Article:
Once the sockeye move inshore, however, the king catch starts to climb, and if a lot of sockeye move inshore, leading to a need to fish heavily with setnets to slow the entry of sockeye into the Kenai, a lot of kings get caught.
The mixed-stock nature of the fishery coupled to less-than-selective gillnets – “dirty fishing gear” as fishery experts describe it – makes for a difficult balancing act for managers.
They’ve been struggling to get an adequate king return past the nets into the Kenai this year.
So few kings made it into river in the two weeks after the July 1 opening of the sport fishery that angling has been limited to catch and release fishing since July 16. The Kenai once supported a lucrative, guided sport fishery for kings, but it faded years ago as the big fish disappeared.
Prior to the catch-and-release order this year, the sport fishery had harvested but 101 “big kings,” the fish greater than 34 inches that attract trophy anglers, according to Fish and Game.
In the Monday opening of the commercial set net fishery, Shields reported a catch of 240 Chinook, about half of which were those “big kings.” In other words, the one opening of the setnet fishery resulted in the death of more kings than the entire first half of the season for the in-river sport fishery.
What the final tally will be is unknown. The sport fishery for kings closes on July 31, but the commercial season runs into August if there are sockeye or pinks to be caught. And as long as the nets fish, they catch some kings. And the later into the season the fishery continues, the higher the percentage of big kings caught tends climb, according to state data.
Still, the king run appears on track to meet the minimum goal for big spawners in river. That is good news, but anglers were far from happy given other changes that came with the sockeye salmon downgrade.
Those had the Kenai River Sportfishing Association fuming on Wednesday.
“With the new (lower) escapement goal range, commercial set netters will be able to fish regular 12-hour periods in August on Mondays and Thursdays, plus an additional 24 hours per week,” KSRA noted on its Facebook page. “Drifters will have no restrictions and can fish Inlet-wide on regular periods (Mondays and Thursdays), plus unrestricted time through emergency openers in the corridor area off of the Kenai and Kasilof rivers.”
Those periods are not, however, guaranteed. They could be closed if the sockeye run continues to falter. Only 354,000 sockeye have so far entered the Kenai at a time when the run is historically half over.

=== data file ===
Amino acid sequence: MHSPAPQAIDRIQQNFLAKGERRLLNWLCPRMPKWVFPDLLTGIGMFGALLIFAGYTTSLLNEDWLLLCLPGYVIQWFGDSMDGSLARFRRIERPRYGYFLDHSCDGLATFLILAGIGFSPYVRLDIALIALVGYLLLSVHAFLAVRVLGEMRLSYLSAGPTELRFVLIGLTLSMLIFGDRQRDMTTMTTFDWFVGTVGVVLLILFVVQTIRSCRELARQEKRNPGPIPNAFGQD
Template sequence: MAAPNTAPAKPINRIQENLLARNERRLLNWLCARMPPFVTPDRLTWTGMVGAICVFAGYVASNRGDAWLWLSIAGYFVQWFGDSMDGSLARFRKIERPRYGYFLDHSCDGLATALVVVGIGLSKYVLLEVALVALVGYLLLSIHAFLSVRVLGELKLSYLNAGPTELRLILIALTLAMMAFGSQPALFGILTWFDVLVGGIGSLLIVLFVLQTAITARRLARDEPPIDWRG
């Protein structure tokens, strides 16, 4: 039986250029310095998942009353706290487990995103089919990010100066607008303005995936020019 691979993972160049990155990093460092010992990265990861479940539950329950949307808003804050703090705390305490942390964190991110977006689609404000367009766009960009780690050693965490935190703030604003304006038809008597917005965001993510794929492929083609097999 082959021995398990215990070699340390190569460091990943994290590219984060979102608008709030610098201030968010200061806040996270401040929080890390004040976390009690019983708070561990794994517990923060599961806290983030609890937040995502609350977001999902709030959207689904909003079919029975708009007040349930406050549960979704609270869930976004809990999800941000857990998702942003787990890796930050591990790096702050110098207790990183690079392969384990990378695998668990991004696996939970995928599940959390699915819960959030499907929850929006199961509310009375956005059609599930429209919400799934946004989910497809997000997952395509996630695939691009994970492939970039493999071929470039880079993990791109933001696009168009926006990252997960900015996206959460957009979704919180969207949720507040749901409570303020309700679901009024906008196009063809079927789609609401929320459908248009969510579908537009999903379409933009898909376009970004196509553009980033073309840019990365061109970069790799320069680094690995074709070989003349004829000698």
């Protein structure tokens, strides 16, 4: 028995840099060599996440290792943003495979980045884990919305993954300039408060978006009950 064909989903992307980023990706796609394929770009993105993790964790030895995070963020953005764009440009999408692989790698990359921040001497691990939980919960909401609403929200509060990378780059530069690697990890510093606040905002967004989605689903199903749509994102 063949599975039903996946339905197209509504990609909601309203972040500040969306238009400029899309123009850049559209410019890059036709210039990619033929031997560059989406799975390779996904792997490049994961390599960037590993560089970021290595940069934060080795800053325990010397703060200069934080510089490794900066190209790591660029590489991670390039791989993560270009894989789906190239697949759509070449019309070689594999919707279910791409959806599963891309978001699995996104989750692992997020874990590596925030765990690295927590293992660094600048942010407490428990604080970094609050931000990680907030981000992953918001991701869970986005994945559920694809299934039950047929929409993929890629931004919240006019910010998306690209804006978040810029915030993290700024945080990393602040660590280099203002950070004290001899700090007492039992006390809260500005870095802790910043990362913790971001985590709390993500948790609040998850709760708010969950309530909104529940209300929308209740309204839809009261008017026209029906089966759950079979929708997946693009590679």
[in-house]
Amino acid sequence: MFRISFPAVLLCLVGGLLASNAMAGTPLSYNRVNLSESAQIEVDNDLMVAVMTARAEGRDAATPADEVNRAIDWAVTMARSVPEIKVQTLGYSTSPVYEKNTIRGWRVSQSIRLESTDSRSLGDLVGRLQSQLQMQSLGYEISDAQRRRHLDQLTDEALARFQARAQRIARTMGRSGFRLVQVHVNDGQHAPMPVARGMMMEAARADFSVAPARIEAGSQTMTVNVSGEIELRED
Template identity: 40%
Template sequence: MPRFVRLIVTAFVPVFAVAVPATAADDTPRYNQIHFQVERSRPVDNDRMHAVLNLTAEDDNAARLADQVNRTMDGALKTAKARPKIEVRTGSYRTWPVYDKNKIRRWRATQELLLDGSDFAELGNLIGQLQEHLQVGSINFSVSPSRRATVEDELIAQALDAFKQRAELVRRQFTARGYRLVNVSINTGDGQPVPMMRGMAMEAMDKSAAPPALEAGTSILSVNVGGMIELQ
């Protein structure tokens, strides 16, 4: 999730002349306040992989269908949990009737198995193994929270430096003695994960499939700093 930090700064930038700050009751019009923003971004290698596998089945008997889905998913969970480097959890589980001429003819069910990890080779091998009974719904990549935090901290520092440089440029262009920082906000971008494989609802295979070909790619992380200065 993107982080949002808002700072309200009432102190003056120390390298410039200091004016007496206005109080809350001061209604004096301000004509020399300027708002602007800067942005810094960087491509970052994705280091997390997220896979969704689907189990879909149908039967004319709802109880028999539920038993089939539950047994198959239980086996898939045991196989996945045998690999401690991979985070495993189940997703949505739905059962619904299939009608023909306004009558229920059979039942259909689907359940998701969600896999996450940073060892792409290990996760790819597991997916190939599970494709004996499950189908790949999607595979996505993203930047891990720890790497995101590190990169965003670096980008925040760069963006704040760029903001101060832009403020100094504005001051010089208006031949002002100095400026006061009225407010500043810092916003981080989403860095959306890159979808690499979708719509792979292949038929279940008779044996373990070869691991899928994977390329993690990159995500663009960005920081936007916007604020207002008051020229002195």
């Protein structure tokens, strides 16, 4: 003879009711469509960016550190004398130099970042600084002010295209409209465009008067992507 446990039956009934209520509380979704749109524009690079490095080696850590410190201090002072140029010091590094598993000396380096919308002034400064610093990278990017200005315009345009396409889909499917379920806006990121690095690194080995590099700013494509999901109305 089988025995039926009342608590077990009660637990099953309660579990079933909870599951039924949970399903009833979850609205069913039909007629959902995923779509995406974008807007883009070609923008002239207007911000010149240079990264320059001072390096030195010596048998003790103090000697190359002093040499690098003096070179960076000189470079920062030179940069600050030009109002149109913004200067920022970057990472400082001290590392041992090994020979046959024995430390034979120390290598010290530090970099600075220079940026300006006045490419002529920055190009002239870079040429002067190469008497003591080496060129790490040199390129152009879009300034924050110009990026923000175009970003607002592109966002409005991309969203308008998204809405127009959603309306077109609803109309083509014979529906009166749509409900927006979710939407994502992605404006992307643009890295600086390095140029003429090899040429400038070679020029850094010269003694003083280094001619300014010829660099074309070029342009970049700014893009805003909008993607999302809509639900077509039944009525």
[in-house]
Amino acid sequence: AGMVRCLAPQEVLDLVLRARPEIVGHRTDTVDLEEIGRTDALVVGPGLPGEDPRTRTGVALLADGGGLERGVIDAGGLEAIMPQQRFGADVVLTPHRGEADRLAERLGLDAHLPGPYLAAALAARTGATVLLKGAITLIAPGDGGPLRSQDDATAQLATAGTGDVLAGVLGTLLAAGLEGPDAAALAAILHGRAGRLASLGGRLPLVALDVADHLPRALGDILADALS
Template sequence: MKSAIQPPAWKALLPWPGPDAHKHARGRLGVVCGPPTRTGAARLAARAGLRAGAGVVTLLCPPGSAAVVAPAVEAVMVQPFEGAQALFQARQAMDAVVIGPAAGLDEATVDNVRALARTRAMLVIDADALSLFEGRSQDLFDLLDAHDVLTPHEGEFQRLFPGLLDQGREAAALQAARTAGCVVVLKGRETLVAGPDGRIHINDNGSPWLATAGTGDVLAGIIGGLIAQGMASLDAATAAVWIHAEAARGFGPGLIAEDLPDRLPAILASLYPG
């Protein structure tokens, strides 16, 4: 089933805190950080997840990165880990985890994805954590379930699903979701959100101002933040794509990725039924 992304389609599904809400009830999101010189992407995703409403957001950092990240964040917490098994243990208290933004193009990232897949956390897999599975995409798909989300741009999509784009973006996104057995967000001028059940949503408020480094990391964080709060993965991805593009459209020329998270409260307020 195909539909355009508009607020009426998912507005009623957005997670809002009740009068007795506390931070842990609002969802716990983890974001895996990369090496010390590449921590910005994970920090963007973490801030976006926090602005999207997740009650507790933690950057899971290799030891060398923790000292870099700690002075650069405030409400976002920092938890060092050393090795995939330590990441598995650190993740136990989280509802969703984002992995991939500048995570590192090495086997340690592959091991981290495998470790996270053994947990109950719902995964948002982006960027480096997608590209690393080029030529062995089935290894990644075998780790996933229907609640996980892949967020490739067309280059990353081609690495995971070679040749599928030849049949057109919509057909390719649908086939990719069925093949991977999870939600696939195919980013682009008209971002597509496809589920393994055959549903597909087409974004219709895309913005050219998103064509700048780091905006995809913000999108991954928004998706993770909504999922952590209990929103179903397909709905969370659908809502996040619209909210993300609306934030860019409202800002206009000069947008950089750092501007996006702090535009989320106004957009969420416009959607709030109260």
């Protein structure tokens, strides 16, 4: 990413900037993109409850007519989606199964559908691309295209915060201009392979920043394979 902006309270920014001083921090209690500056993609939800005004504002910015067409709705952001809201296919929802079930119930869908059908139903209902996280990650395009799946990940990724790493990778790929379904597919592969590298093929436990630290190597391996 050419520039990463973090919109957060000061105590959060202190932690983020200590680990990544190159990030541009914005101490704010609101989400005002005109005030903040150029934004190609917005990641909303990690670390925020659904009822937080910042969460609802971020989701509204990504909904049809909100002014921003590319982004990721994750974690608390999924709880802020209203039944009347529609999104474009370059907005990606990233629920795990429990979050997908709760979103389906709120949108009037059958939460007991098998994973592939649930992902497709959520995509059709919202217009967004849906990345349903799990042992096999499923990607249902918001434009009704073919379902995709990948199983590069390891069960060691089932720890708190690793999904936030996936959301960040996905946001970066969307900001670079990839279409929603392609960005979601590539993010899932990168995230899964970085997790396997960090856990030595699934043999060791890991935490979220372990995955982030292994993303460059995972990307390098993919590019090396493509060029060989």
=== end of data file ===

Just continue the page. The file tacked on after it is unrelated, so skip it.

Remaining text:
Reached by telephone late Wednesday, a frustrated KRSA executive director Ricky Gease said he didn’t want to talk. It would be better, he said, to quote the group’s measured response on Facebook.
Without mentioning Ruffner or Jensen, the post noted the Ruffner-Jensen led Board killed old restrictions on the net fisheries designed to protect coho (silver) salmon in August.
It is because of the increasing return of coho that the personal-use dipnet fishery at the mouth of the river – the fishery that feeds tens of thousands of Alaskans – ends on July 31.
The commercial fishery, however, continues until August 15. The old management plan called for a closure of the fishery if coho catches started to swell as they sometimes do and could this year with the mix of fish offshore in the Inlet at the moment appearing heavily weighted with silvers.
The drift fleet on Monday caught almost as many silvers as it did sockeye. Normally, the catch this time of year would be largely the latter. The old regulations were designed specifically to protect silvers in a year like this, but the Board did away with that protection.
“Despite acknowledging the potential of large commercial harvests of silver salmon, the BOF waved off any negative impacts on sport fisheries,” the KRSA post said, “when silver salmon are supposedly a priority fishery in both the Mat-Su Valley and Kenai River (sport fisheries).”
Were the issues involving silvers, sockeyes and kings not enough, there were also questions being raised as to how many of the sockeye the state sonar counts in the Kenai are actually sockeye in a year when pink salmon, many of similar size, are returning, plus what might be caught if the state decides to give setnetters more fishing time to harvest what is expected to be a large return of pinks.
That isn’t going to happen, however, unless enough sockeyes show to indicate the in-river sockeye goal is going to be met, and that isn’t looking good.
Gillnets are somewhat selective in the size of the fish they catch. Depending on the size of their gill-snagging mesh, they can catch fish of various sizes. But they can’t begin to distinguish between a 5-pound humpy, a 4-pound sockeye and a 6-pound silver, or a 4-pound humpy, a 6-pound sockeye and a 5-pound silver, or any similar mix.
The KRSA is concerned a fishery supposedly targeted on humpies (pinks) could further boost the silver harvest, but the group’s comments were restrained compared to those of Gary Barnes who runs the Alaska Outdoor Journal, a Facebook page followed by more than 17,000 Alaska dipnetters and anglers.